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Planning your retirement planning: what does a good CRP look like?

The UK is getting older; the Office for National Statistics estimates that by 2066 one in four of the UK population will be aged 65 or over, while five million will be 85 or over (up from 1.6 million in 2016). This is creating a huge planning task for financial advisers, particularly as the number of retirees with final salary pensions is shrinking fast.

Understandably, the Financial Conduct Authority (FCA) is very interested in how this market operates. To ensure that good outcomes are being delivered, the FCA flagged interest in the 2019 Sector Review paper:

“Some adviser firms have not yet updated their investment strategies for decumulation clients. In addition, they may not have adequately considered decumulation risks”.

They have recently built upon this with the announcement of ‘Assessing Suitability Review 2’. The wide-ranging review will focus on initial and ongoing advice to consumers on taking an income in retirement.

The key areas that the FCA suggested advisers need to be aware of includes:

  • Ensuring advice you provide is suitable, costs and charges are disclosed clearly, and you act in the best interests of your clients.
  • Conflicts of interest must be identified and where they cannot be prevented, disclosed and managed.
  • Inadequate fact finding creates a high risk that your advice will be unsuitable.

Concerns

The FCA is clear that accumulation (saving up for retirement) and decumulation (drawing down in retirement) are different and have different associated risks e.g. sequence of return risk.

That may not necessarily mean using different portfolios but will most likely involve different investment strategies: not what the investment components are, more how they are used.

Some key areas that advisers will need to consider are:

  • How are you assessing and managing a sustainable withdrawal rate for clients? If you are using a cash flow modelling tool, what assumptions are being used?
  • If you are relying on “natural income”, how will your client cope when income rates are low, or when income amounts fluctuate?
  • How are you helping clients to manage behaviour risk (taking too much out) or coping with possible lower returns than expected?
  • How have you assessed your selected platforms capability to manage, change and pay income?
  • How have you considered any income guarantees (state pension & DB) versus the need for flexibility? Have you secured any later life income needed?

Post pensions freedoms, retirement fact finding will need to have been updated – it is worth checking that you are capturing both hard and soft facts.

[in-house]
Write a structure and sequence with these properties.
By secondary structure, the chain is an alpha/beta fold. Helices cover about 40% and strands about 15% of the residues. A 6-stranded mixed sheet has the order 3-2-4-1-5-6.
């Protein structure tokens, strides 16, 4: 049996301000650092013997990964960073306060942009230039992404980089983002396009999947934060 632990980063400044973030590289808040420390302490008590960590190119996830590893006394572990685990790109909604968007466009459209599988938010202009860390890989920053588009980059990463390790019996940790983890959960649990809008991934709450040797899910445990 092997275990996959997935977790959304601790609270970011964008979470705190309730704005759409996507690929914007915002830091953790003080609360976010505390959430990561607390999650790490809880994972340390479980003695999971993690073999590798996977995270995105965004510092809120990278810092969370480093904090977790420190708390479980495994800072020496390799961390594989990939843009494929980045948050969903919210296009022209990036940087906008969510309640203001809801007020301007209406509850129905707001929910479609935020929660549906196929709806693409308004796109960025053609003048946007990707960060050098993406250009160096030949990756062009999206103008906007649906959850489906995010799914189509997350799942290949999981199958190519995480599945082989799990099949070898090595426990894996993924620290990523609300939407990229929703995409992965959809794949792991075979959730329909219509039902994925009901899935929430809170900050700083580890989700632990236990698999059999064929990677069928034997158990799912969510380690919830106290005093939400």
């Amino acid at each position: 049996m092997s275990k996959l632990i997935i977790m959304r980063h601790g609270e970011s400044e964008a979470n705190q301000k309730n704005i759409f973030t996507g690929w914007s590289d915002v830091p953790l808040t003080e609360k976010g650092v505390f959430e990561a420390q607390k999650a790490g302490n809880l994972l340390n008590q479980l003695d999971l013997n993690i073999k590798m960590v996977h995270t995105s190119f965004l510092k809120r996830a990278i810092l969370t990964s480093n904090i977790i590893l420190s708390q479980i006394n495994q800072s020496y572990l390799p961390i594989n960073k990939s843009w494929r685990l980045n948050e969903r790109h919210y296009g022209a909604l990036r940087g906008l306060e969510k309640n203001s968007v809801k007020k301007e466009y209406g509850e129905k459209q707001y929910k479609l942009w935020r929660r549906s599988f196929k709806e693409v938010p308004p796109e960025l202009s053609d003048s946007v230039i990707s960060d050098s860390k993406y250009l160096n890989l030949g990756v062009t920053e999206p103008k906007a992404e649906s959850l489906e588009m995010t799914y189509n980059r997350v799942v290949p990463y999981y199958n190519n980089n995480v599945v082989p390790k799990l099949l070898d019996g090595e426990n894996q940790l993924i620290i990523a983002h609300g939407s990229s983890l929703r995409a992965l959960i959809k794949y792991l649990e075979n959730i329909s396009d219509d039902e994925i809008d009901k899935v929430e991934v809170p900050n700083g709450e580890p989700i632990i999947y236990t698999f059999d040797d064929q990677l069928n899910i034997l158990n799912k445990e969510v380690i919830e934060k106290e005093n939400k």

What does a good CRP look like?

Centralised Investment Propositions (CIPs) are structured investment processes that aim to deliver a robust solution that is both repeatable and consistent for different clients.

Centralised Retirement Propositions (CRPs) recognise that there are key differences between building a fund of money before retirement and applying that money during retirement to provide an income for life.

It is not essential to develop a Centralised Retirement Proposition to manage these risks, but it makes sense to adopt a consistent, structured approach.

Every advice firm will have a different decumulation strategy, but they are likely to include a number of common elements such as information on longevity, detailed assessment of risk and ability to bear losses, detailed expenditure analysis, evidence to validate sustainable withdrawal rates and strategy to manage sequence risk.

It is vital that you have a robust evidence-based process that covers all the issues your clients face as they enter retirement and it is applied consistently across your firm.

Checklist for CRP

Below is a checklist of the areas to consider when developing a CRP or retirement planning process:

  • PROD: Is it documented. Is it embedded in your DDQ?
  • Cashflow Tool: Do you use one. What are the assumptions within it?
  • Retirement Fact Find: Updated date. Does it include soft facts?
  • Annuity Rates: Checked rates. Update frequency?
  • Safe Withdrawal Rate: Rate used. Consistency. Evidence?
  • Cash Buffer: Yes or No? How held (on/off platform). How much?
  • Risk Profiling: ATR. C4L. Need for Return. Risk tool Due Diligence?
  • Inflation Assumptions: Rate used. Evidence?
  • Sequence Risk: Understanding and explaining it. Mitigation Strategy?
  • Investment Philosophy: Is it documented. Evidence?
  • Investment Service: Pots or Single? Small Pots. Evidence/DDQ?
  • Adviser Service Offer: PROD segments. Drawdown service?
  • Adviser Fees: £s or %. Small pots. Long Term. Documentation?
  • Platform for Drawdown: Checklist (PROD and Service). DDQ?
  • Client Understanding: Process. Simplicity. Documentation?
  • Vulnerable Clients: Statement. Process. Documentation?
  • Conflicts: Issues. Management strategy?
  • Showing Your Value: Examples. Communication?

The value of advice

Finally, having developed your CRP, completed your research and analysis, conducted due diligence, created your investment philosophy and strategies, updated your systems and controls, paid your insurance premiums, levies and fees, don’t forget to showcase the value of yourself and your advice.

It is a simple enough question for a client to ask: “Do I have enough to money to retire?” But it is a much more complex answer. Helping clients to achieve a financially independent and stress-free lifestyle is worth a fortune.

Happy planning.

Read more articles on our insights page


About the Author

Before jointly founding TCF Investment a decade ago, David Norman held senior roles with asset managers, life companies and banks and was latterly CEO of Credit Suisse Asset Management (UK).


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